BTL purchasers using corporate vehicles to purchase BTL properties
A trend in 2016 has been for BTL investors to opt for corporate (as opposed to individual ownership) of their BTL properties, by purchasing via a limited company. Those who borrow through companies can offset costs against rental income. Furthermore, profits at Companies House are taxed at lower corporation tax rates.
Future UK BTL market prediction
The expected reduction in mortgage tax relief for individual BTL landlords means that experts in the market have predicted that there will be an increase in rent of 5-6%, (higher than inflation), based on the tax changes that landlords have been encumbered with.
Recent surveys have found that despite the financial restrictions imposed on BTL landlords this year, BTL investment is still considered to be a lucrative long term investment option.
With the new SDLT surcharge, loss of higher rate tax relief on mortgage interest for individuals and tightening of loan conditions, there is likely to be a shift to larger investors as opposed to individual landlords of properties.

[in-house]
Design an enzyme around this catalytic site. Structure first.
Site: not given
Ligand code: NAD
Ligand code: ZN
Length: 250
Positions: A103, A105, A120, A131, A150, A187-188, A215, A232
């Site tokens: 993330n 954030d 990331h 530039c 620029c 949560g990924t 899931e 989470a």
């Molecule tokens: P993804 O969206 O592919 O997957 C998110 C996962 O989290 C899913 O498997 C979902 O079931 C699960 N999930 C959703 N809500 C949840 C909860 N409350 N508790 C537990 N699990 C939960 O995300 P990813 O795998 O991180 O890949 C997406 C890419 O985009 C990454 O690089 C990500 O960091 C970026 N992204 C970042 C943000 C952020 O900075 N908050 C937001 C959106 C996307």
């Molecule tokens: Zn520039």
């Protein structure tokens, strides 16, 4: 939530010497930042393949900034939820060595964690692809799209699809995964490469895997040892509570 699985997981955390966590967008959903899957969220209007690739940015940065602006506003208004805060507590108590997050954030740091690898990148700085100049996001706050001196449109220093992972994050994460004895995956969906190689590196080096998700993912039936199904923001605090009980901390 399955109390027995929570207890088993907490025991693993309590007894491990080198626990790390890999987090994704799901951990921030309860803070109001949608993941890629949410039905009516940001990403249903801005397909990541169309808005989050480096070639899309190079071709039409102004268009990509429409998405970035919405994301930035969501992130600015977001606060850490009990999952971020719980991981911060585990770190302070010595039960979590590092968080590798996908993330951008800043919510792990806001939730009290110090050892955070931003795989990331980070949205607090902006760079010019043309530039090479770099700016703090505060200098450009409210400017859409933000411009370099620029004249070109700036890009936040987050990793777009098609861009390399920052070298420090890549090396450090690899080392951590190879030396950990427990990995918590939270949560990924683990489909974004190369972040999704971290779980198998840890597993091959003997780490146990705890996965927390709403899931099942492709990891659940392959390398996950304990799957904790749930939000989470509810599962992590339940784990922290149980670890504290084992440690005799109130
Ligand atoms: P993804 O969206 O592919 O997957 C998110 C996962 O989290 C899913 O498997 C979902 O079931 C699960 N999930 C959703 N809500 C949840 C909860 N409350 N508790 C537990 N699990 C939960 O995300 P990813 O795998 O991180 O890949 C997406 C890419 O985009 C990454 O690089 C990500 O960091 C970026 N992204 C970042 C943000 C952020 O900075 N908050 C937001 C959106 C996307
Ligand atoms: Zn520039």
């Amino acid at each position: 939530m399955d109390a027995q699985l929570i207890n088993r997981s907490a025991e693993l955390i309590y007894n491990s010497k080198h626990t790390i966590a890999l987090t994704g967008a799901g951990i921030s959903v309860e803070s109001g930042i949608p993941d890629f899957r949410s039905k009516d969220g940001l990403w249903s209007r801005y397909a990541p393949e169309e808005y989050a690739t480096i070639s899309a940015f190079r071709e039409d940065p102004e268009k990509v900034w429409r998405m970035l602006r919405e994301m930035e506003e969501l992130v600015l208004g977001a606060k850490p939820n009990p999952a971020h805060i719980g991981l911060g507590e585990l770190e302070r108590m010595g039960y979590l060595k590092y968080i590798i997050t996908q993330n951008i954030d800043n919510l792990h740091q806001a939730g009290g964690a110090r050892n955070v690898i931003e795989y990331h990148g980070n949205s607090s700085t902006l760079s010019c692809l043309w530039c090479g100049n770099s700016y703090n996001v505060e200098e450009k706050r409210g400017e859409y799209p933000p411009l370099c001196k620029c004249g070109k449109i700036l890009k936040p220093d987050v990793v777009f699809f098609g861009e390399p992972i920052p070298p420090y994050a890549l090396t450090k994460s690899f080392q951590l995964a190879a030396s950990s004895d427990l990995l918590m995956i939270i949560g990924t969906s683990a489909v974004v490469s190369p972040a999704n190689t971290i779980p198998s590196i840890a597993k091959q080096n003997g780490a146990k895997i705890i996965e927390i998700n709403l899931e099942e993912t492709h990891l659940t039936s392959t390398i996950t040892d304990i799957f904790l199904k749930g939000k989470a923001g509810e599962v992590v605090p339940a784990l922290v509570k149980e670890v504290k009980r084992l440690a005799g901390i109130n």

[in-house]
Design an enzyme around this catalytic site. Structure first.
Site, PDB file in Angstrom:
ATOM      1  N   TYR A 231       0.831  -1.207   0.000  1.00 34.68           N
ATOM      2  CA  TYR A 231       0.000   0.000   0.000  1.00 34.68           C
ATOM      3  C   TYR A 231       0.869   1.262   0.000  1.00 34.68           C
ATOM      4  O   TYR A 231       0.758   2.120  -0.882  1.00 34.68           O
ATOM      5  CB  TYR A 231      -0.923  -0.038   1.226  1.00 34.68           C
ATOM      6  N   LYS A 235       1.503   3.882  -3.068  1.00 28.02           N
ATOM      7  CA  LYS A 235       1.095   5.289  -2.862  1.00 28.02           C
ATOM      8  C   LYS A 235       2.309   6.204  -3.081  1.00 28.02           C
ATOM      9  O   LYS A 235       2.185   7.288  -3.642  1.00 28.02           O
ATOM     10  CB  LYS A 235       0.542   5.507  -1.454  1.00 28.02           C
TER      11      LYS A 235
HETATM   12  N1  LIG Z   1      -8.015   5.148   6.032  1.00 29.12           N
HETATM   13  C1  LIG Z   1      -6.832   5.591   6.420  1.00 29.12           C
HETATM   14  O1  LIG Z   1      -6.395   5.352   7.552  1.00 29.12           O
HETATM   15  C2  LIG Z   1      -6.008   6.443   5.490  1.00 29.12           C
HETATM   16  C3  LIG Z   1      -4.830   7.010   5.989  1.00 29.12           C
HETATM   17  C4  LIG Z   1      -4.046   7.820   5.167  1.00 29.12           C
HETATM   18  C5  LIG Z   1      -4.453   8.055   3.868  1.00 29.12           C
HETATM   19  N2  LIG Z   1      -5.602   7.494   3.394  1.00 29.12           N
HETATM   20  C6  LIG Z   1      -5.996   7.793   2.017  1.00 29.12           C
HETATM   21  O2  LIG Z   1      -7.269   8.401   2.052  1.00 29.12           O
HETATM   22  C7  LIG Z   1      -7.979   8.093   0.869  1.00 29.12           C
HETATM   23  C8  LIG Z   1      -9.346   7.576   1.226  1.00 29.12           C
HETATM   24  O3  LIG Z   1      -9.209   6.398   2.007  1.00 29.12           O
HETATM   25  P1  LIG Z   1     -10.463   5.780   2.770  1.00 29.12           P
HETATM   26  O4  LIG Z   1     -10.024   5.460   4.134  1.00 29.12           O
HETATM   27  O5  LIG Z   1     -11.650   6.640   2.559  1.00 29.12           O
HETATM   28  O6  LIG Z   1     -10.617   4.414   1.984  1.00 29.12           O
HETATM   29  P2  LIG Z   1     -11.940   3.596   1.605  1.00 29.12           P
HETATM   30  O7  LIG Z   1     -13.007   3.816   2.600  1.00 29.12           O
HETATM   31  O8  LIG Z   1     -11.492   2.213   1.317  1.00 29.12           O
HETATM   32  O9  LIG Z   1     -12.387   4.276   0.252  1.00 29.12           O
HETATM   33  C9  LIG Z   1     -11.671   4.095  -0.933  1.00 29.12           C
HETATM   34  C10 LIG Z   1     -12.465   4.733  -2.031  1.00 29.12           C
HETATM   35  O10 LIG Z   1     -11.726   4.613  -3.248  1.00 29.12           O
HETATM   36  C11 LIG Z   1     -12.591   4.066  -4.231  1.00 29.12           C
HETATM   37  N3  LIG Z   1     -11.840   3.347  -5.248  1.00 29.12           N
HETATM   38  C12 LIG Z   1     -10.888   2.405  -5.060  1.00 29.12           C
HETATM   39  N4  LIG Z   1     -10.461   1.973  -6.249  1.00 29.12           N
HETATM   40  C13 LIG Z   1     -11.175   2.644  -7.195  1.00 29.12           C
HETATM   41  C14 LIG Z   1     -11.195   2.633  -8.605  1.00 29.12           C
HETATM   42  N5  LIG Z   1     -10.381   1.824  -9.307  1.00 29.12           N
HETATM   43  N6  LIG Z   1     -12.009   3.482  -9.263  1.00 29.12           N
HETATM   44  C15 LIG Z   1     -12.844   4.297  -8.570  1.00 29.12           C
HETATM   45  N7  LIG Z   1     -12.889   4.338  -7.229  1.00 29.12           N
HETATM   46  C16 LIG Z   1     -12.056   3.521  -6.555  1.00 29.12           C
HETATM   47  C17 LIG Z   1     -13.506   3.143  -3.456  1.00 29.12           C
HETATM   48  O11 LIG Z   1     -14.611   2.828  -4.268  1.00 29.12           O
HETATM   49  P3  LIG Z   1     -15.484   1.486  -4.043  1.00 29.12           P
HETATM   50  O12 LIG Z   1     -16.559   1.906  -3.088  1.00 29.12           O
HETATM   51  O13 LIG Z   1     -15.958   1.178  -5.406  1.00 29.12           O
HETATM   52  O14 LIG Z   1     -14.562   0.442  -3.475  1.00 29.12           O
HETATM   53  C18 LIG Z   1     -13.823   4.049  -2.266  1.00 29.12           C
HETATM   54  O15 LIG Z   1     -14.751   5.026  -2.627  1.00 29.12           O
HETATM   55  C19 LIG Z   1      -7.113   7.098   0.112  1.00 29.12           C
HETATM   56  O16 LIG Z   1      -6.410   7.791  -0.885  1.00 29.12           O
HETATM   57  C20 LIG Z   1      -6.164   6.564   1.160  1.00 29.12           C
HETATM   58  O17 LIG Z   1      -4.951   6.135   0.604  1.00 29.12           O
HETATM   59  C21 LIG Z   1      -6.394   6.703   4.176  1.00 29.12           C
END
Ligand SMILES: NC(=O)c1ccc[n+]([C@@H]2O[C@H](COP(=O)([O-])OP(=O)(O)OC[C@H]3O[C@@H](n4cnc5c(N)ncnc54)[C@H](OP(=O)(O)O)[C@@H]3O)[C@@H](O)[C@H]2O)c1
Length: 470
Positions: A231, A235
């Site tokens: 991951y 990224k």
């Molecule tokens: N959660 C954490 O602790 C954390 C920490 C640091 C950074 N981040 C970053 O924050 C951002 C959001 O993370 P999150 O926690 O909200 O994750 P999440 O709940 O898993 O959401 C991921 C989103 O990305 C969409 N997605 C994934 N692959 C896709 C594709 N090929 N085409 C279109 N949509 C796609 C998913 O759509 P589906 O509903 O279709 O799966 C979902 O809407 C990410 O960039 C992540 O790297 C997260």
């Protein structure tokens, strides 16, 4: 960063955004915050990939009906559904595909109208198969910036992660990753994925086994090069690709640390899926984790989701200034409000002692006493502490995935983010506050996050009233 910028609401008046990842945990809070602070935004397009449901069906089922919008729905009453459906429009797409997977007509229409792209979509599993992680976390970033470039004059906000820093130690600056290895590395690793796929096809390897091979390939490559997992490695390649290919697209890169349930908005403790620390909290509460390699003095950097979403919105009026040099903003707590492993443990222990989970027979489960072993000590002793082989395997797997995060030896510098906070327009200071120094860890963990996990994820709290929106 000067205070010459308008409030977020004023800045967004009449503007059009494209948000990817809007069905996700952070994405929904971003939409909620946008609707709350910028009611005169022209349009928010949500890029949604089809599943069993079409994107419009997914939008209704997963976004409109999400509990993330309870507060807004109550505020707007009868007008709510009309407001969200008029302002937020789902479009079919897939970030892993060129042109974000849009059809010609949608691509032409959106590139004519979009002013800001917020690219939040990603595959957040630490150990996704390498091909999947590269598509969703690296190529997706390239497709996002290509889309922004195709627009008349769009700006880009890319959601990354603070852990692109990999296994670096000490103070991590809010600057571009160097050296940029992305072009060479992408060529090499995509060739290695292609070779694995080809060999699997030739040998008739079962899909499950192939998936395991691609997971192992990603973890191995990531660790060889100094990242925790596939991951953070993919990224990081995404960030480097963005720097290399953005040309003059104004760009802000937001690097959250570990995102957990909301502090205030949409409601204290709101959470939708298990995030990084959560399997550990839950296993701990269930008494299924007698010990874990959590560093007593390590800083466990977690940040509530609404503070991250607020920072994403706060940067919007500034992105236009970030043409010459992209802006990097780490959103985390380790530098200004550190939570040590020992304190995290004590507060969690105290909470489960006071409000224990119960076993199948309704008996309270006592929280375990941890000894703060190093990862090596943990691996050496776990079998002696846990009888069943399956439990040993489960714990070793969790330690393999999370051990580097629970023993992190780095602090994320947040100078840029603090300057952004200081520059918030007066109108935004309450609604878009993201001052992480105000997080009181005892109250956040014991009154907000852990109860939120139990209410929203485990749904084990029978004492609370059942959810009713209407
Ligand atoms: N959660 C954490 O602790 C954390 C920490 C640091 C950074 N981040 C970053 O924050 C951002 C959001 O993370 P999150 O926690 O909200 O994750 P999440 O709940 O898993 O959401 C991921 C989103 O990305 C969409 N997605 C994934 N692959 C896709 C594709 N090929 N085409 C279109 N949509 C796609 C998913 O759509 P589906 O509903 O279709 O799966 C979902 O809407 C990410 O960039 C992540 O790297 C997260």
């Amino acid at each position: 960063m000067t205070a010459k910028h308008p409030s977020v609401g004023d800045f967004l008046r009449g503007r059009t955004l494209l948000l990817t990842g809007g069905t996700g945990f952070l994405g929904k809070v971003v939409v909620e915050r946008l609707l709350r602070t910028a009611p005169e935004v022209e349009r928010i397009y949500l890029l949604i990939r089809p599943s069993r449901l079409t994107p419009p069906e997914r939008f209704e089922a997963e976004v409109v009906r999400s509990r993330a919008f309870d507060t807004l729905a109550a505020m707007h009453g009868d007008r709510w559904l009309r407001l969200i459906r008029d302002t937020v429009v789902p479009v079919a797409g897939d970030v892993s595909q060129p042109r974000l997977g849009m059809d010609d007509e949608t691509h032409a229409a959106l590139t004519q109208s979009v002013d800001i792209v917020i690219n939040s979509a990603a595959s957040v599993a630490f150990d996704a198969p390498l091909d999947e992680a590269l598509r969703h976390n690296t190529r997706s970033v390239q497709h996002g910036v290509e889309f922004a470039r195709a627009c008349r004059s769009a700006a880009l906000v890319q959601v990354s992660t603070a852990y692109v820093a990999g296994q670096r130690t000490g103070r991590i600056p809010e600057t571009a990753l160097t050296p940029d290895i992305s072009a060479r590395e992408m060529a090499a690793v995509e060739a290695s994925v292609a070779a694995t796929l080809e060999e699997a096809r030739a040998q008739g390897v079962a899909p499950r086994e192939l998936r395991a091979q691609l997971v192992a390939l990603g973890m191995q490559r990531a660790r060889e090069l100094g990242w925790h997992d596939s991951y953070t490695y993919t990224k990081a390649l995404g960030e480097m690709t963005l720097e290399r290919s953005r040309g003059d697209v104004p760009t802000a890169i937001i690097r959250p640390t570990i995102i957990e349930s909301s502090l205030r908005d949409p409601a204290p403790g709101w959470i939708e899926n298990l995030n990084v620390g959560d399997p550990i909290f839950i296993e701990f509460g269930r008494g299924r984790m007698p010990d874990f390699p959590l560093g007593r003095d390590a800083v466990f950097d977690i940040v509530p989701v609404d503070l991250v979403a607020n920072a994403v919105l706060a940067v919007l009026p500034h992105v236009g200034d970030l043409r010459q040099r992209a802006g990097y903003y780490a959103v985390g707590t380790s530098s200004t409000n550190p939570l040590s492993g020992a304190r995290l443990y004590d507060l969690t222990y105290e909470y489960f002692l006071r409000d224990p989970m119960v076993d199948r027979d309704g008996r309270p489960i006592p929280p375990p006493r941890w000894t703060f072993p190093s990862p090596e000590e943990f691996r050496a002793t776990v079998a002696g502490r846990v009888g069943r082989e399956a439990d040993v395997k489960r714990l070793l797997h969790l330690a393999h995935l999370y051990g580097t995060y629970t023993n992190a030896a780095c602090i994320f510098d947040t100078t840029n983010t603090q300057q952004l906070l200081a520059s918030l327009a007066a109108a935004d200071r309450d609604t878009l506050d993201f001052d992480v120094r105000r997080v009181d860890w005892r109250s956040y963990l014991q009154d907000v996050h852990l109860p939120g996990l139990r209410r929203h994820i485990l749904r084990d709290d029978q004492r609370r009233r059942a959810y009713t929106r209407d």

As house price increases may fall, there is likely to be slowed capital appreciation on assets and less likelihood for any high gearing on investments to be reduced as quickly.
Investors will look for cash flow on their investments and lenders will (voluntarily or if required by the PRA), assess the income of the borrower, to assess whether a loan is affordable, as an alternative, or in addition to the ICR/stress test.
In addition to the above, the issue of Brexit has recently unsettled foreign investors in the UK BTL market, meaning they have held back from investing in the UK property market, owing to uncertainty over the future of the UK’s membership of the European Union (EU) – the “wait and see” approach.